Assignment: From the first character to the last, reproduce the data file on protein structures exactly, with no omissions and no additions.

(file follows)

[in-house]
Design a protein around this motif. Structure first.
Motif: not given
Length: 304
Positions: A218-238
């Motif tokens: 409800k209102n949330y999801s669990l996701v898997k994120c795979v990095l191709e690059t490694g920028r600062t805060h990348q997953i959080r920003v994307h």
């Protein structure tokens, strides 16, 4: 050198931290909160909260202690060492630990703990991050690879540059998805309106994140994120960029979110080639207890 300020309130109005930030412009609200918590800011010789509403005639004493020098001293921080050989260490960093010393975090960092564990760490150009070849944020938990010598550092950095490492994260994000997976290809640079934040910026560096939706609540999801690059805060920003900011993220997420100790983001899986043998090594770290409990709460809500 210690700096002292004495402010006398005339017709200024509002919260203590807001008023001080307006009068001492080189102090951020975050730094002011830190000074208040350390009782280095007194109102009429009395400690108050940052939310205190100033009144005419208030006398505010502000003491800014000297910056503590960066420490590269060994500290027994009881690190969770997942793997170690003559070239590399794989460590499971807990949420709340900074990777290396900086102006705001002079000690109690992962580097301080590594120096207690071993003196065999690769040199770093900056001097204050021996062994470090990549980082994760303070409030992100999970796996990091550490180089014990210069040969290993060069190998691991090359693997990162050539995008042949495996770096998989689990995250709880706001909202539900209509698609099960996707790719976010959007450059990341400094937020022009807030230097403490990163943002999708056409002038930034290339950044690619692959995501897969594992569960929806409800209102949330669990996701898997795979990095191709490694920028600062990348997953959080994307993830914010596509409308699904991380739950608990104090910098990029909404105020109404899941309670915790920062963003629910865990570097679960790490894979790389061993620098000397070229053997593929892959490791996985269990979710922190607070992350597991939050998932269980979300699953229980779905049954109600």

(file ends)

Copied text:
[in-house]
Design a protein around this motif. Structure first.
Motif: not given
Length: 304
Positions: A218-238
């Motif tokens: 409800k209102n949330y999801s669990l996701v898997k994120c795979v990095l191709e690059t490694g920028r600062t805060h990348q997953i959080r920003v994307h």
């Protein structure tokens, strides 16, 4: 050198931290909160909260202690060492630990703990991050690879540059998805309106994140994120960029979110080639207890 300020309130109005930030412009609200918590800011010789509403005639004493020098001293921080050989260490960093010393975090960092564990760490150009070849944020938990010598550092950095490492994260994000997976290809640079934040910026560096939706609540999801690059805060920003900011993220997420100790983001899986043998090594770290409990709460809500 210690700096002292004495402010006398005339017709200024509002919260203590807001008023001080307006009068001492080189102090951020975050730094002011830190000074208040350390009782280095007194109102009429009395400690108050940052939310205190100033009144005419208030006398505010502000003491800014000297910056503590960066420490590269060994500290027994009881690190969770997942793997170690003559070239590399794989460590499971807990949420709340900074990777290396900086102006705001002079000690109690992962580097301080590594120096207690071993003196065999690769040199770093900056001097204050021996062994470090990549980082994760303070409030992100999970796996990091550490180089014990210069040969290993060069190998691991090359693997990162050539995008042949495996770096998989689990995250709880706001909202539900209509698609099960996707790719976010959007450059990341400094937020022009807030230097403490990163943002999708056409002038930034290339950044690619692959995501897969594992569960929806409800209102949330669990996701898997795979990095191709490694920028600062990348997953959080994307993830914010596509409308699904991380739950608990104090910098990029909404105020109404899941309670915790920062963003629910865990570097679960790490894979790389061993620098000397070229053997593929892959490791996985269990979710922190607070992350597991939050998932269980979300699953229980779905049954109600």